Technology: How it Got There, the Impact of Intel and Lessons for Other Countries”, background
paper for Human Development Report for UNDP, 2001.
ROOT, F. and A. AHMED (1979), “Empirical Determinants of Manufacturing Direct Foreign Investment in
Developing Countries”, Economic Development and Cultural Change 27, pp. 751-767.
SCHNEIDER, F. and B. FREY (1985), “Economic and Political Determinants of Foreign Direct Investment”,
World Development 13, pp. 161-175.
STEIN, E. and C. DAUDE, (2002), “Institutions, Integration, and the Location of Foreign Direct Investment”,
processed, Inter-American Development Bank Research Department, Washington, D.C.
TAN, H. (2001), “Do Training Levies Work? Malaysia’s HRDF and its Effects on Training and Firm-Level
Productivity”, Working Paper, World Bank Institute, Washington, D.C.
TAN H. and G. BATRA (1996), “Enterprise Training in Developing Countries”, World Bank, Washington, D.C.
TAN, H. and G. LOPEZ-ACEVEDO (2003), “Mexico: In-Firm Training for the Knowledge Economy”, World
Bank Policy Research Working Paper 2957, World Bank, Washington, D.C.
TODO Y. and K. MIYAMOTO (2002), Knowledge Diffusion from Multinational Enterprises: The Role of Domestic
and Foreign Knowledge-Enhancing Activities, Technical Paper No. 196, OECD Development Centre, Paris.
UNCTAD (1994), World Investment Report 1994, UNCTAD, Geneva.
UNCTAD (1999), World Investment Report 1999, UNCTAD, Geneva.
UNCTAD (2000), World Investment Report 2000, UNCTAD, Geneva.
UNCTAD (2001), World Investment Report 2001, UNCTAD, Geneva.
UNCTAD (2002a), World Investment Report 2002, UNCTAD, Geneva.
UNCTAD (2002b), FDI/TNC Database, www.unctad.org.
UNESCO (2002), Education for All: Is the World on Track? EFA Global Monitoring Report 2002, Paris.
UNESCO and OECD (2003), Financing Education: Investments and Returns, 2002 Edition, Paris.
WORLD BANK (1997), Malaysia: Enterprise Training, Technology, and Productivity, Washington, D.C.
WORLD BANK (1999), Education Sector Strategy Paper, Washington, D.C.
WORLD BANK (2002), Global Development Finance, Washington, D.C.
WORLD BANK (2003), Global Economic Prospects, Washington, D.C.
ZEUFACK, A. (1999), “Employer-Provided Training under Oligopolistic Labor Markets: Evidence from Thai
Manufacturing Firms,” mimeo, World Bank, Washington, D.C.
ZHANG, K. and J. MARKUSEN (1999), “Vertical Multinationals and Host-Country Characteristics”, Journal of
Development Economics 59, pp. 233-252.
OECD DEVELOPMENT CENTRE
Working Paper No. 211
HUMAN CAPITAL FORMATION
AND FOREIGN DIRECT INVESTMENT
IN DEVELOPING COUNTRIES
Related ArticlesSummary: HUMAN CAPITAL FORMATION AND FOREIGN DIRECT INVESTMENT IN DEVELOPING COUNTRIES
Preface: HUMAN CAPITAL FORMATION AND FOREIGN DIRECT INVESTMENT IN DEVELOPING COUNTRIES
Questions Posed: HUMAN CAPITAL FORMATION AND FOREIGN DIRECT INVESTMENT IN DEVELOPING COUNTRIES
HUMAN CAPITAL FORMATION BY MNES AND TECHNOLOGY TRANSFERS
THE VIRTUOUS CIRCLE OF HUMAN CAPITAL FORMATION, INWARD FDI, AND TECHNOLOGY TRANSFERS
HUMAN RESOURCE DEVELOPMENT AND ATTRACTING INWARD FDI
Do MNEs Train More than Domestic Firms?
Attracting Service Sector MNEs
Introduction: HUMAN CAPITAL FORMATION AND FOREIGN DIRECT INVESTMENT IN DEVELOPING COUNTRIES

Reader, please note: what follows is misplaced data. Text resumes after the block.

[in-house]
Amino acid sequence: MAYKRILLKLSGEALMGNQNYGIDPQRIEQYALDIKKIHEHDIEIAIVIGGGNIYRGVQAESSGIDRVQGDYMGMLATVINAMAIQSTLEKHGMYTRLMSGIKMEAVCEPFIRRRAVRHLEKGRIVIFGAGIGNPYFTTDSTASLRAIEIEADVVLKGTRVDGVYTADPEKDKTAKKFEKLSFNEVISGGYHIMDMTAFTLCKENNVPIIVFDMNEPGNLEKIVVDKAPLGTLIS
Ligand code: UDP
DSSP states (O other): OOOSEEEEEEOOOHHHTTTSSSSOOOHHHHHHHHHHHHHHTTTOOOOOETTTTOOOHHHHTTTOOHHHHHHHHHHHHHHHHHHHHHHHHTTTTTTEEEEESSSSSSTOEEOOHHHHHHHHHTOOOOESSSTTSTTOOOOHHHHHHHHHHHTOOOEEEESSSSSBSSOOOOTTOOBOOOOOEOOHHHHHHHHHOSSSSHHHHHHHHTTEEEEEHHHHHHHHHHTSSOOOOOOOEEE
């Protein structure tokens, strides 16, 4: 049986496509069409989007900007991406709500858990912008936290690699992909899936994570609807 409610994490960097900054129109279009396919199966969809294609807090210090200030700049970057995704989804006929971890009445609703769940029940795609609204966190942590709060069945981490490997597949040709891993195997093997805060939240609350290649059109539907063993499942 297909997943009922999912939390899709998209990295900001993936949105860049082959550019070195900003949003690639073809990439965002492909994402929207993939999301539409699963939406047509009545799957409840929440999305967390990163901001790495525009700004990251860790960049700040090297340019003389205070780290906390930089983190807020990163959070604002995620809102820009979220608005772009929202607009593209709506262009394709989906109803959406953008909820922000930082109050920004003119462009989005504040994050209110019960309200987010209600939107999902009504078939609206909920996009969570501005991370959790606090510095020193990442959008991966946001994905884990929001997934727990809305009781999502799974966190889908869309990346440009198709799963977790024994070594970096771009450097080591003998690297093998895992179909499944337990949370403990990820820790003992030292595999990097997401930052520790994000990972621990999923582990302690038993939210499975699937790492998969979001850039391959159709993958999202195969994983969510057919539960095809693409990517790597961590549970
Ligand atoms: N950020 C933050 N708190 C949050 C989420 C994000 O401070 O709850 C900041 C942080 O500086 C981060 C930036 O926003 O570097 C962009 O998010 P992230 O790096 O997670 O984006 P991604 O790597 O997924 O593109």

Trends in FDI in Developing Countries: Background
Prospects of Human Capital in the Future: Background
CONCLUSION: HUMAN CAPITAL FORMATION AND FOREIGN DIRECT INVESTMENT IN DEVELOPING COUNTRIES
Introduction: Human Capital and Economic Development
VII F. Attract Capital Flows and Encourage Foreign Participation: PROMOTING STOCK MARKET DEVELOPMENT IN AFRICA
Does Availability of Educated Workers Increase Enterprise Training?
Human Capital Formation by MNEs and Domestic Firms: Determinants of Enterprise Training
Expenditure Composition and Growth
The role of human and physical capital in growth: The Effects of Human Capital on Economic Development
Human Capital Formation by MNEs: Supporting Formal Education
Trends in Human Capital Formation in Developing Countries: Background
Home > African-Accounts > OECD Development Centre > BIBLIOGRAPHY HUMAN CAPITAL FORMATION AND FOREIGN DIRECT INVESTMENT IN DEVELOPING COUNTRIES > Google +
Free PDF Download
BIBLIOGRAPHY - E-COMMERCE FOR DEVELOPMENT: PROSPECTS AND POLICY ISSUES
By OECD Development Centre
About the Author: OECD Development Centre
RSS for OECD's articles - Visit OECD's website
Created in 1962 by the Organisation for Economic Co-operation and Development (OECD) in Paris, the Development Centre is an interface between OECD Member countries and the emerging and developing economies. The Development Centre occupies a unique place within the OECD and in the international community. It is a forum where countries come to share their experience of economic and social development policies. The Centre contributes expert analysis to the development policy debate. The objective is to help decision makers find policy solutions to stimulate growth and improve living conditions in developing and emerging economies.
Click here to visit OECD's website.
More from OECD Development Centre
I INTERNET AND THE DIGITAL ECONOMY
BIBLIOGRAPHY ECOMMERCE FOR DEVELOPMENT PROSPECTS AND POLICY ISSUES
SMEs in Africa the Missing Middle
Helping SMEs meet the requirements of formal financing Increasing SME Access to Finance A Four Pronged Approach
A Limited Impact on Private Sector Development
Related Forum Posts
Share this article. Fund someone's dream.
Share this post and you'll help support entrepreneurs in Africa through our partnership with Kiva. Over $50,000 raised and counting - Please keep sharing! Learn more.
||Like this page? PLEASE +1 it!|